A surge of Respiratory Syncytial Virus (RSV) cases in children has contributed to a shortage of hospital beds for children in our region and put a strain on our pediatric healthcare system. This means kids that need special care might need to be transferred to hospitals farther away from where they live, and that hospitals have less capacity to treat children for other illnesses or injuries. We are asking that everyone know the common symptoms and follow basic prevention tips to reduce the spread of RSV and lessen the impact of this virus on pediatric care in our region.
Who is most at risk from RSV?
RSV can be dangerous for some infants and young children. Children at highest risk include:
- Premature infants.
- Very young infants, especially those 6 months and younger.
- Children under 2 with chronic lung disease or congenital heart disease.
- Young children with weakened immune systems due to either a medical condition or treatment.
- Children who have neuromuscular disorders, including those who have difficulty swallowing or clearing mucus.
What are the symptoms of RSV?
Children infected with RSV usually show symptoms within 4 to 6 days after getting infected. Symptoms often include:
- Decrease in appetite.
- Runny nose.
In very young infants, the only symptoms present may be irritability, decreased activity and breathing difficulties. Symptoms typically appear in stages, not all at once. Most children recover from illness in 8 to 15 days.
How does RSV spread?
RSV can spread through coughs or sneezes, direct contact (e.g., kissing), or touching the face with dirty hands after touching surfaces that have the virus on it. The same practices that prevent other respiratory viruses also prevent RSV.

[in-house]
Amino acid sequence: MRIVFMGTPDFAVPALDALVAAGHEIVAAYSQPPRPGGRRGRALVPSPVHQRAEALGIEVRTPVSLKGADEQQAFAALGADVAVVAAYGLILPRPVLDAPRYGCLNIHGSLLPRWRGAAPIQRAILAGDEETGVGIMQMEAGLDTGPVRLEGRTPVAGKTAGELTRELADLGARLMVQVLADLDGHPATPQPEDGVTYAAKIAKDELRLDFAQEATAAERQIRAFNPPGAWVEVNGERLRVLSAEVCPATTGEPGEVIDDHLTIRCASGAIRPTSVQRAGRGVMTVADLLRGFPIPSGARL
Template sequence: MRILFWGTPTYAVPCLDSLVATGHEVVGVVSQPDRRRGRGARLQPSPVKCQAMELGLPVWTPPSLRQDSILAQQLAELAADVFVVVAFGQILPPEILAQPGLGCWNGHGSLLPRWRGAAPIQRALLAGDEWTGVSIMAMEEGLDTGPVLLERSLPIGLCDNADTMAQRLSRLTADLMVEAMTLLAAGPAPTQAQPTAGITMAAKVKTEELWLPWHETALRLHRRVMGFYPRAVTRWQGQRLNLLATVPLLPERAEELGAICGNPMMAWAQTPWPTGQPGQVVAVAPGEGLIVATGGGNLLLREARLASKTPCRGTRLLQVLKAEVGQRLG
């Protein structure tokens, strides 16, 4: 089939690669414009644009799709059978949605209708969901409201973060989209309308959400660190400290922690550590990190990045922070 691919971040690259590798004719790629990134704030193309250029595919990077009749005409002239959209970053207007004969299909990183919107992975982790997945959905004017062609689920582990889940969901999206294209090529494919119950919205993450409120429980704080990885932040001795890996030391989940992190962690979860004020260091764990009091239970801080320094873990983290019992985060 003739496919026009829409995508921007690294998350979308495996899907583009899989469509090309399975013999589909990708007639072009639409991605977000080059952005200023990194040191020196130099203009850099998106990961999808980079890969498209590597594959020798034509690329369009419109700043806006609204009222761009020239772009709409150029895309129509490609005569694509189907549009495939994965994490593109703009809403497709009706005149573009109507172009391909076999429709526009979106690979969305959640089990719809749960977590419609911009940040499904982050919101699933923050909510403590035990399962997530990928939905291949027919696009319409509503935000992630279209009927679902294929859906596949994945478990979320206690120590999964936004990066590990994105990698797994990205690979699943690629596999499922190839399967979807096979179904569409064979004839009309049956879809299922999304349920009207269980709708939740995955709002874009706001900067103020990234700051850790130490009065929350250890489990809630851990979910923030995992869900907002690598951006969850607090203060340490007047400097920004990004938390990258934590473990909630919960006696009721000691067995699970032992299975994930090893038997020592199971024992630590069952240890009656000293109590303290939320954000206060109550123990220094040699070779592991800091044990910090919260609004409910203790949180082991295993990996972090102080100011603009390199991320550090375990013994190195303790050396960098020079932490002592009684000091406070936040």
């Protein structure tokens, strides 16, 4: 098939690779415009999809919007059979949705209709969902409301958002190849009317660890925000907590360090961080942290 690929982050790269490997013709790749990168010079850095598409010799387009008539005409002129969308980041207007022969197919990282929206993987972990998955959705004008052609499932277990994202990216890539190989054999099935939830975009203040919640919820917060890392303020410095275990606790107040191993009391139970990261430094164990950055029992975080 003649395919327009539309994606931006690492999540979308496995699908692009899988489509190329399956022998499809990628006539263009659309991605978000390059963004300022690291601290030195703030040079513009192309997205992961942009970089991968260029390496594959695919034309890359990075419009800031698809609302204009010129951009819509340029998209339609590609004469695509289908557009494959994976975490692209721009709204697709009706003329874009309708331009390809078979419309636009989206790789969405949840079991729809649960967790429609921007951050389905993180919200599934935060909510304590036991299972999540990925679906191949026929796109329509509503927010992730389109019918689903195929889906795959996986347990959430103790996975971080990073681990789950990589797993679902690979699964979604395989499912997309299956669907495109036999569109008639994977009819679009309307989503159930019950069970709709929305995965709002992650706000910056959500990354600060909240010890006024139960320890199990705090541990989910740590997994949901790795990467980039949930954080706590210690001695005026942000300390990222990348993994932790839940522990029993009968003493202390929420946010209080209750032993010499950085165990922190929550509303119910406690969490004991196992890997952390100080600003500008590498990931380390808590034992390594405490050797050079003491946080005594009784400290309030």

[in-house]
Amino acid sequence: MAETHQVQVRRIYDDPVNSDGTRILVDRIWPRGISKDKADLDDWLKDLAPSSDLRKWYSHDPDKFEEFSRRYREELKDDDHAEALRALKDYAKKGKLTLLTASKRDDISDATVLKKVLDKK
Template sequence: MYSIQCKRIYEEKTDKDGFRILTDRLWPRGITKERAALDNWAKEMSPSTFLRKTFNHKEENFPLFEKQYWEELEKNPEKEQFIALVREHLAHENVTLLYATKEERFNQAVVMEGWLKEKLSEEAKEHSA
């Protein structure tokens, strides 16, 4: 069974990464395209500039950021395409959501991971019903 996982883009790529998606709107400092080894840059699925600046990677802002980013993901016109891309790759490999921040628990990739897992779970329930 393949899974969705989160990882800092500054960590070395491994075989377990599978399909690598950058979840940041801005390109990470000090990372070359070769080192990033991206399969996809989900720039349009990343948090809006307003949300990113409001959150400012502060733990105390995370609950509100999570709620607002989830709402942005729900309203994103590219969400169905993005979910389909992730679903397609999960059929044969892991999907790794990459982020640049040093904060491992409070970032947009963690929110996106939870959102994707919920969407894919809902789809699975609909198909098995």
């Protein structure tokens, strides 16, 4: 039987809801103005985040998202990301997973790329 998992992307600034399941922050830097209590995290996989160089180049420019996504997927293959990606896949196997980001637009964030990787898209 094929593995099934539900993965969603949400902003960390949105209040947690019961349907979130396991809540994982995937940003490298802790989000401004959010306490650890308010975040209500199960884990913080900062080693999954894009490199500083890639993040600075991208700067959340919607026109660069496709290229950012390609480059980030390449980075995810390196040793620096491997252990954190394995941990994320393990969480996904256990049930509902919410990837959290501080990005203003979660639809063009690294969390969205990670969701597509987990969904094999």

Ways to prevent the spread of RSV:
- Keep anyone sick at home. Children should not not attend school or daycare nor should they participate in any group activities when sick.
- Clean frequently touched surfaces often (e.g., doorknobs, mobile devices, toys).
- Cover coughs and sneezes with elbows or tissues.
- Wash hands often with soap and water for at least 20 seconds.
- Avoid close contact (e.g., kissing, prolonged hugging).
- Avoid sharing cups and eating utensils.
- If you are sick, wear a properly fitting mask when around others if it’s safe to do so. Children under 2 should not wear masks. Children 2-4 years old can wear a mask with adult supervision.
RSV rates in the pacific northwest are higher now than they have been in the last 3-4 years. Please use the tips here to help us slow the spread of this virus and help keep our youngest kids from getting sick. If you have specific questions about RSV, reach out to your child’s healthcare provider. If there is a life-threatening medical emergency, call 911.
To learn more about RSV, visit https://www.cdc.gov/rsv/.